When was the last time you walked the halls of a high school? Can you remember what you observed? Were there groups of students standing around talking to one another, waiting until the last minute to get to class before the bell rang? Could you tell just by watching who was in which group: the popular kids, the jocks, the smart kids, the band kids, the emo/goth kids, the loners, the kids who love anime, the Future Farmers of America kids?
High schools contain diverse students with diverse interests, yet they’re all part of one school. For the past 26 years, I have had the privilege of walking the halls of Westlake High School: 20 of those years as a teacher and six as an assistant principal. I have seen education change over these years, but the one constant was the students walking through those doors year after year.
The 2019–20 school year at Westlake High School in Saratoga Springs, UT, started off as you would imagine—a regular school year beginning. Students exuded excitement to be back with friends, be at football games, go to homecoming, and be a part of “Thunder Nation.” What many didn’t notice, however, was the students silently struggling. Students were spending more time in the counseling office and less time in class. Students seemed to be unable to cope with everyday life. They weren’t keeping up with schoolwork and often expressed crippling depression and anxiety as the reasons. As one of the school leaders, I knew that I needed to do something to help these students.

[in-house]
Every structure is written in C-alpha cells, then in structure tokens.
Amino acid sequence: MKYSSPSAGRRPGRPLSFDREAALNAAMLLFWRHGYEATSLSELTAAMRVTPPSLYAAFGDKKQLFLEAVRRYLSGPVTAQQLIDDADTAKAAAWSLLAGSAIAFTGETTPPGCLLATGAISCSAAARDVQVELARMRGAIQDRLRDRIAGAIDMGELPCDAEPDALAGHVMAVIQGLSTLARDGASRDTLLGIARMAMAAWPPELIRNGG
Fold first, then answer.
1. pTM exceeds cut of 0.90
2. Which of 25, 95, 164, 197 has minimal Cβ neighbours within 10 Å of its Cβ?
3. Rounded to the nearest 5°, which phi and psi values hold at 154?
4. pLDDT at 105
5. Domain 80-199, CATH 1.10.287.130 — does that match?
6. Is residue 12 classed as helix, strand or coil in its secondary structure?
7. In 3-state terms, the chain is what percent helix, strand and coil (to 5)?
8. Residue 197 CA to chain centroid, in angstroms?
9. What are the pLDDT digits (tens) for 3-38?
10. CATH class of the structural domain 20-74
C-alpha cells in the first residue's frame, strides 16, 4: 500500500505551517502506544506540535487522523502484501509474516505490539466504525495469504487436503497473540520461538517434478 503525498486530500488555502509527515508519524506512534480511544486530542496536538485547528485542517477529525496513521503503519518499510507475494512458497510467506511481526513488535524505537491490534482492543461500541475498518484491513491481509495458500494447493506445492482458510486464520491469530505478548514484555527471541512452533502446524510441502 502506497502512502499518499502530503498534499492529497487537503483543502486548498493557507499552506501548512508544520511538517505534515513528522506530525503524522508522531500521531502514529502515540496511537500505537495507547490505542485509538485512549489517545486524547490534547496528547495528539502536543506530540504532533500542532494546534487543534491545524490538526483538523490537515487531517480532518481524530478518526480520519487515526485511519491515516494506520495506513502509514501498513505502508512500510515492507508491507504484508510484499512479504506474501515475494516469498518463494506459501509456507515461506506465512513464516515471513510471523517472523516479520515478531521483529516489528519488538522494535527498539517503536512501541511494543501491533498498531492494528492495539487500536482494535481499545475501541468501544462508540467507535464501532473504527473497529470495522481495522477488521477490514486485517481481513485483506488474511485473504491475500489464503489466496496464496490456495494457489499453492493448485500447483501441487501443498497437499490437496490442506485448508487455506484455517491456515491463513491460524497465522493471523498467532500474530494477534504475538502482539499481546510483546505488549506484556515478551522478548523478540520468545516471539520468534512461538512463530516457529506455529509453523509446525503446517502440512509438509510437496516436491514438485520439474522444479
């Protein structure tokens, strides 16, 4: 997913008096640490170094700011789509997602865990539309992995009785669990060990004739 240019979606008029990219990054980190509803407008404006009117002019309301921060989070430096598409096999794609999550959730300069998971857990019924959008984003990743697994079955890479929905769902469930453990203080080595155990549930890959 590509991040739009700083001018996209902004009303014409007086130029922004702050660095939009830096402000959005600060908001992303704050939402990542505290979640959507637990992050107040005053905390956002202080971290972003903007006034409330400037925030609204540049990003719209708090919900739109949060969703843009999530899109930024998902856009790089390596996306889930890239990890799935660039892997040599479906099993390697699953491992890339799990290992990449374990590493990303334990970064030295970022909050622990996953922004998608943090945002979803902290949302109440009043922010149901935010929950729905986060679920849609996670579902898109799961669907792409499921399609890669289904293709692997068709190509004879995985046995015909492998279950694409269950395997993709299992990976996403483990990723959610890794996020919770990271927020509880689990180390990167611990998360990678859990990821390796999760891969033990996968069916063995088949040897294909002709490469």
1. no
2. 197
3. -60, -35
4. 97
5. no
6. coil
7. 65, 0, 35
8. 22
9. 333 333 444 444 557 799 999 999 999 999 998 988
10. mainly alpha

Focus Turns to Wellness
Recently, I heard about student wellness centers in schools, and I wanted to learn more. Could this be something that we could implement at our school? Could this be the answer—to teach strategies that students could use to deal with their anxiety and stress? I started my research. My motivations changed, however, on the last Friday of October 2019. I got a call that no school administrator ever wants to receive—that one of our students suddenly passed away. I was devastated. My coworkers were devastated. The student body was devastated. And then, five days later, my principal tearfully gathered the staff together and informed us that one of our students had died by suicide. I was stunned. I remember thinking, “This isn’t real. This cannot be happening.” I felt like our school was under attack and our students were in the crosshairs. I had to do something. We, the administrators, had to do something. We needed to teach our students how to live and reach out when they felt they couldn’t.
My mind kept returning to the idea of a student wellness center. I envisioned a place where students could go to self-regulate and decompress when they felt overwhelmed. I consulted with other school administrators who currently have wellness centers in their schools. Those administrators explained that about 80% of students who spend just 20 minutes in the wellness center report feeling more relaxed and ready to return to class. Just 20 minutes of decompression and self-regulation could be the difference between life and death. I remember thinking, “This is it. This is what we need to do.”
I also remember feeling almost immediately overwhelmed with all of the logistical obstacles. How could I make this happen at Westlake? How would we pay for it? How would we find the right people who are trained to help high school-aged kids learn coping strategies? Would my team be supportive? What would teachers think of it? Would this help prevent another suicide? I decided that doing something was better than doing nothing, and even if the wellness center helped just one kid not to feel alone, turn to self-harm, or take their own life, then it would be worth all the effort and money.
Putting a Plan Into Place